Monica Epperson Experiences a ‘Heart With Two Homes’
By K.J. WEBB
POIGNANT AUTHOR: Monica Epperson with her book, “A Heart with Two Homes,??? which covers the trauma of an early childhood with five fathers.
After listening to Monica Epperson’s story, most would say that she is a survivor. They would be wrong. Monica Epperson is an over-comer, a vivid example of how a child can overcome the trauma of divorce. Epperson’s story is particularly compelling.
She was not a child of one divorce. The first divorce happened when she was only one year old. Four more would happen before she reached the age of 12. It is the sum of these experiences that led Epperson to write “A Heart With Two Homes” to help children living with divorce. Her personal experience has made her keenly aware of the issues and problems that children of divorce confront, and the impact it has on them.
One issue Epperson describes is the mistrust of men that developed at an early age, “The revolving door of men in my life deeply impacted my ability to trust them. My experiences as a child taught me that people you care about, especially men, leave. This just seemed normal to me.”
Another issue Epperson had to confront as a child of divorce was intimacy. “Attaching and detaching from men so frequently made me automatically self-protective and defensive,” she says. “You learn that you should not get close to someone because they’ll just leave and it will hurt you.”
This defensiveness and avoidance of intimacy created a peculiar kind of loneliness and distance. “I went to Union schools from Kindergarten through senior year. I was a cheerleader, I was involved in school activities and the community, I had consistency in my friendships, but, despite this I had this fearful interior self.” She explains, “I was the happy, cheerleading, active and involved student, but at the same time I was distant. I developed a false sense of intimacy and projected this into my relationships. “Everything looked fine on the outside, but things weren’t totally right on the inside; there was fear and mistrust. I was so used to losing the people I cared about. I figured ‘why get close if I’m going to lose this person anyway’?”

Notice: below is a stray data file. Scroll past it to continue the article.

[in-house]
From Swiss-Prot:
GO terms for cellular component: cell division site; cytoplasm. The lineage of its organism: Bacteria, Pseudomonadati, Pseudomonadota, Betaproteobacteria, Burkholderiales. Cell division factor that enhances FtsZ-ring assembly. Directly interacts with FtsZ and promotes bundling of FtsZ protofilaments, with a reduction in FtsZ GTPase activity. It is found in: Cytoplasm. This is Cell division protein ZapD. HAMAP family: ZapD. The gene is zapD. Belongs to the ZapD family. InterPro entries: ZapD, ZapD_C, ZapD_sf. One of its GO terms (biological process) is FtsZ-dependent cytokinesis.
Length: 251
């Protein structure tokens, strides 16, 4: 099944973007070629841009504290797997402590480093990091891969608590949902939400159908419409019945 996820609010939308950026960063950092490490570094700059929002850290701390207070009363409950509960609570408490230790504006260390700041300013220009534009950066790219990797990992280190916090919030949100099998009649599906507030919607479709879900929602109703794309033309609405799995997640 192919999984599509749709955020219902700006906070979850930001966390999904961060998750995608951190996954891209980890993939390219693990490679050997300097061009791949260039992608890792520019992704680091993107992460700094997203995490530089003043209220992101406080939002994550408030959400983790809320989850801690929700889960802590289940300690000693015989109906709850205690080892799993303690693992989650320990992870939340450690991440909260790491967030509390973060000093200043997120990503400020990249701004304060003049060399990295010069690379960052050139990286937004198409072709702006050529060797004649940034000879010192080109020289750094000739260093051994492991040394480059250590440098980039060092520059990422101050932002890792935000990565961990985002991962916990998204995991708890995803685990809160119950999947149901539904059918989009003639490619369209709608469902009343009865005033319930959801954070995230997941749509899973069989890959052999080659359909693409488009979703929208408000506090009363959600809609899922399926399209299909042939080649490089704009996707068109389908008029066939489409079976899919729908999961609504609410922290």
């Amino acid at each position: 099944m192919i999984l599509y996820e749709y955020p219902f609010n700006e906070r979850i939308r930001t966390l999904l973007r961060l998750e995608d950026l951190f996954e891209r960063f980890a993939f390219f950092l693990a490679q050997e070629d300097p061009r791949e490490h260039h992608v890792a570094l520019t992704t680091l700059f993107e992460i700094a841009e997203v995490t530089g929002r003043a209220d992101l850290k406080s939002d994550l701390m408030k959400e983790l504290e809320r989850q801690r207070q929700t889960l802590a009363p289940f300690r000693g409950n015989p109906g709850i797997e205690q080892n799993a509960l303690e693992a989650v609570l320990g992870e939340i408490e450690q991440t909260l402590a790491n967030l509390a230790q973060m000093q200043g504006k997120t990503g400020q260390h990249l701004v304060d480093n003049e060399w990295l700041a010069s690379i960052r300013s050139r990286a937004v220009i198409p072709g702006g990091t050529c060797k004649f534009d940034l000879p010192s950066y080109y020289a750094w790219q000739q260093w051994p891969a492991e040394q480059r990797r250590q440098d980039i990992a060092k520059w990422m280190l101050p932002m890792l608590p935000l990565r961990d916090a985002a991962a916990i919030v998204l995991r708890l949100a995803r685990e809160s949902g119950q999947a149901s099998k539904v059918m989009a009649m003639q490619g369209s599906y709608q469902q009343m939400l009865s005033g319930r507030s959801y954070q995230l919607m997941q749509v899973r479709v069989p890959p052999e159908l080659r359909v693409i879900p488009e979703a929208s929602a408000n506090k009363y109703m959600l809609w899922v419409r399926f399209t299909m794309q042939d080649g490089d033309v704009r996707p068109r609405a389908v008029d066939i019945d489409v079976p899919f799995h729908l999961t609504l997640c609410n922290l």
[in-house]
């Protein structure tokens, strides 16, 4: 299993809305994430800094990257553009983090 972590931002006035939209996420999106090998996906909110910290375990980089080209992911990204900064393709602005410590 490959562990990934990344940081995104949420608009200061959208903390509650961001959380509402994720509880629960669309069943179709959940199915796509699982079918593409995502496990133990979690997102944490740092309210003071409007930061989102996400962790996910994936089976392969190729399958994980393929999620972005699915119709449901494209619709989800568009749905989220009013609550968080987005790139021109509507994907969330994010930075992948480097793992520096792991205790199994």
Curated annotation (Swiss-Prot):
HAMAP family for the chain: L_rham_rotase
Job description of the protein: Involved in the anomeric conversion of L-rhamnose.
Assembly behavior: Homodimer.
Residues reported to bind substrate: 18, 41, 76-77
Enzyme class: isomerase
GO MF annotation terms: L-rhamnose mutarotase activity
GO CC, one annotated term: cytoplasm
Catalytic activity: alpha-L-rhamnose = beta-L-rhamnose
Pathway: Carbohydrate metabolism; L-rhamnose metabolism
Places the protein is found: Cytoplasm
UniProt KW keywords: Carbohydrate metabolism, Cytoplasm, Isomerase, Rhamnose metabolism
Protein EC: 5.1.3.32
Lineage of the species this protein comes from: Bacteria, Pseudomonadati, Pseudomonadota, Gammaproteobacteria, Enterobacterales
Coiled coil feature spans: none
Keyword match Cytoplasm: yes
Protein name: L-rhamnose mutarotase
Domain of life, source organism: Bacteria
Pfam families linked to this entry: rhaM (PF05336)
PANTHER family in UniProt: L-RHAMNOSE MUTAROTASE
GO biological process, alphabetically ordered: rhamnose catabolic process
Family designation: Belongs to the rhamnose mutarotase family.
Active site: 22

However cautious Epperson remained about developing close relationships as a child and young adult, and despite her problems with trust and intimacy, she was unusual because, even as a child, she was acutely aware of these issues and how they were manifesting.
Epperson grew up firmly rooted in faith and was blessed with maturity and insight far beyond her years. At the age of 12 she began journaling. “Journaling defined me,” she says. “At the age of 12, I began to lay out absolutes regarding relationships with boys, what would be acceptable behavior and acceptable treatment and what would not. I wrote how I felt about things in order to define what made sense about relationships and what didn’t. I laid out absolutes about things and it helped to define me.” Epperson’s journaling provided a way for her to process and understand her feelings about relationships, about men and about herself. Her years of journaling have led to what she calls empowered journaling, a topic she is currently writing about. She says, “Empowered journaling is defining your grievance story. It’s saying what you hoped would happen, what you hoped things would be like. Then its saying how it actually is, then accepting it, learning from it and moving on.”